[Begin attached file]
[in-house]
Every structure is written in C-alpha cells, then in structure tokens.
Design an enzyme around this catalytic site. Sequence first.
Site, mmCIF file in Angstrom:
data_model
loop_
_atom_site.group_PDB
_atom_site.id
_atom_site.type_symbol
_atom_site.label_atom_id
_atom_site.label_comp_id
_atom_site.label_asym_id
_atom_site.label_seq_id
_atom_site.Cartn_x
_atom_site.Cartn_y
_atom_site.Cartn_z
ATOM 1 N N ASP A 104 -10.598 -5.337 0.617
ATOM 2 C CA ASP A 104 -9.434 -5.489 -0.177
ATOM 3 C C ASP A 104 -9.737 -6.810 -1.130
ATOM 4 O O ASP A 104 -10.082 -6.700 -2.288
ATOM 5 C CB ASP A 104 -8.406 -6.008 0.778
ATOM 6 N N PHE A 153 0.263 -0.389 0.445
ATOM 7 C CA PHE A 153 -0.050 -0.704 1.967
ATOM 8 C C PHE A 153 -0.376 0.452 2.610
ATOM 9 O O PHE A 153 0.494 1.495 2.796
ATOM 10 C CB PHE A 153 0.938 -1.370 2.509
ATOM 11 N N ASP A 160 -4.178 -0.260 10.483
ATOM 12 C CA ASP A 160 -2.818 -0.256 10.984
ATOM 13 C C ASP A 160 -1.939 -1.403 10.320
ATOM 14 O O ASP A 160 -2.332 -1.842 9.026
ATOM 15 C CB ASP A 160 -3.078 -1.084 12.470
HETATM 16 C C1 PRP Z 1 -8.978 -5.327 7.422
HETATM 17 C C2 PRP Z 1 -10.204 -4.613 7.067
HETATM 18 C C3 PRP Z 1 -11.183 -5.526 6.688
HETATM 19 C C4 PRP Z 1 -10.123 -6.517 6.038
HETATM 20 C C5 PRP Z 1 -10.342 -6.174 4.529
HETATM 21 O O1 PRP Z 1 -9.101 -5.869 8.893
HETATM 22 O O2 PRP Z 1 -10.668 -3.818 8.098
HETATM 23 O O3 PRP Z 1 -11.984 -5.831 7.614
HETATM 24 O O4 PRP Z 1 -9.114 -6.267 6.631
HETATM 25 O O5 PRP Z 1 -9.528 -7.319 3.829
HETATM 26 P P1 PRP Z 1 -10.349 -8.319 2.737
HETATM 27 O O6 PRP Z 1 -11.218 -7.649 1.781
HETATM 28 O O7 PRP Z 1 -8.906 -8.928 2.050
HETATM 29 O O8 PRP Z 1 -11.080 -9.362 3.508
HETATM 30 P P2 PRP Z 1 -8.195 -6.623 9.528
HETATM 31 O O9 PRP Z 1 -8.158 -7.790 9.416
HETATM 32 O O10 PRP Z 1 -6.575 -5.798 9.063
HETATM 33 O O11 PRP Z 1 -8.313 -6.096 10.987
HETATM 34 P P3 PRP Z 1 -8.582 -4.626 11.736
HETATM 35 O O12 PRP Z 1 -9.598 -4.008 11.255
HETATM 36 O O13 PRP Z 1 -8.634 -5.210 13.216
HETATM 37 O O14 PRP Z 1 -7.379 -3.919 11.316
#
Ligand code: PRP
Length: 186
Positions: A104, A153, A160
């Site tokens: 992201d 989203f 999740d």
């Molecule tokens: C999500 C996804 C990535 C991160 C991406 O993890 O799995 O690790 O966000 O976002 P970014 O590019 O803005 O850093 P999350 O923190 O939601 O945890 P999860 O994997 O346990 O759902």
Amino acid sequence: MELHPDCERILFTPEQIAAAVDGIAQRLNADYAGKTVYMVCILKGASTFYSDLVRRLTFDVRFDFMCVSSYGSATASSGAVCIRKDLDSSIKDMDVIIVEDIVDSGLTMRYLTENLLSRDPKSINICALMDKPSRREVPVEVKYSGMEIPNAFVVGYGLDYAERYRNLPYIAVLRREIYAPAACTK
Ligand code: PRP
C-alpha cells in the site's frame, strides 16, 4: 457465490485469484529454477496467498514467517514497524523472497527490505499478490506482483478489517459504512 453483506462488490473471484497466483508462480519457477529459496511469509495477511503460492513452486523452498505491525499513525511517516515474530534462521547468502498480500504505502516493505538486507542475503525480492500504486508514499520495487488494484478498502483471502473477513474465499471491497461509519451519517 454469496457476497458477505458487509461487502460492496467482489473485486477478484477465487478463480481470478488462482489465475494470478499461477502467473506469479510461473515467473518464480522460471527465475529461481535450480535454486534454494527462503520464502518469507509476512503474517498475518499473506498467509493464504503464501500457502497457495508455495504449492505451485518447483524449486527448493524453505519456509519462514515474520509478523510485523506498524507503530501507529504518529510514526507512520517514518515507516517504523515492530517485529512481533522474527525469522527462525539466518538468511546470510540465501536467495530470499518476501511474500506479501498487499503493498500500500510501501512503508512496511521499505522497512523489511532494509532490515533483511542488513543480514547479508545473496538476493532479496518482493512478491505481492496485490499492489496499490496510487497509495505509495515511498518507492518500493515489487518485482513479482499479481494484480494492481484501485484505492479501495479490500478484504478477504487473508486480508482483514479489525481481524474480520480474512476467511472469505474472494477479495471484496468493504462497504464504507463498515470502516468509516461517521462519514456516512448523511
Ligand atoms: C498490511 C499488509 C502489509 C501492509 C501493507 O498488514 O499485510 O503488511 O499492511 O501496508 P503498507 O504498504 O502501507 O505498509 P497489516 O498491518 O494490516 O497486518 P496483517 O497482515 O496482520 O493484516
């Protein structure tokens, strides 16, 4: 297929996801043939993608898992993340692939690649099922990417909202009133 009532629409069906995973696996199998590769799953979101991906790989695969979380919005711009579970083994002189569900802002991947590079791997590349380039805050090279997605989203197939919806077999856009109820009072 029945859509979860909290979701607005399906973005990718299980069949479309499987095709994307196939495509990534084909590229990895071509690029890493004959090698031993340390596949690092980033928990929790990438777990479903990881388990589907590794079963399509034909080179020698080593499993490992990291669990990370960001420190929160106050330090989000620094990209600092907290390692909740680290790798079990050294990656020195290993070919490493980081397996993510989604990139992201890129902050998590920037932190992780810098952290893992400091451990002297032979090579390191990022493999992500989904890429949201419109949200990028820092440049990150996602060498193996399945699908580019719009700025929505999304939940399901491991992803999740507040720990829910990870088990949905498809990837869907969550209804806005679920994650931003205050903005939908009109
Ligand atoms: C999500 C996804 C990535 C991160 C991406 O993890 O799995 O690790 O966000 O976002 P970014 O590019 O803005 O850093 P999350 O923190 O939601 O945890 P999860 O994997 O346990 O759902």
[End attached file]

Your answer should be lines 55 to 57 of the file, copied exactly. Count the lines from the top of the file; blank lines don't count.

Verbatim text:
Ligand code: PRP
Length: 186
Positions: A104, A153, A160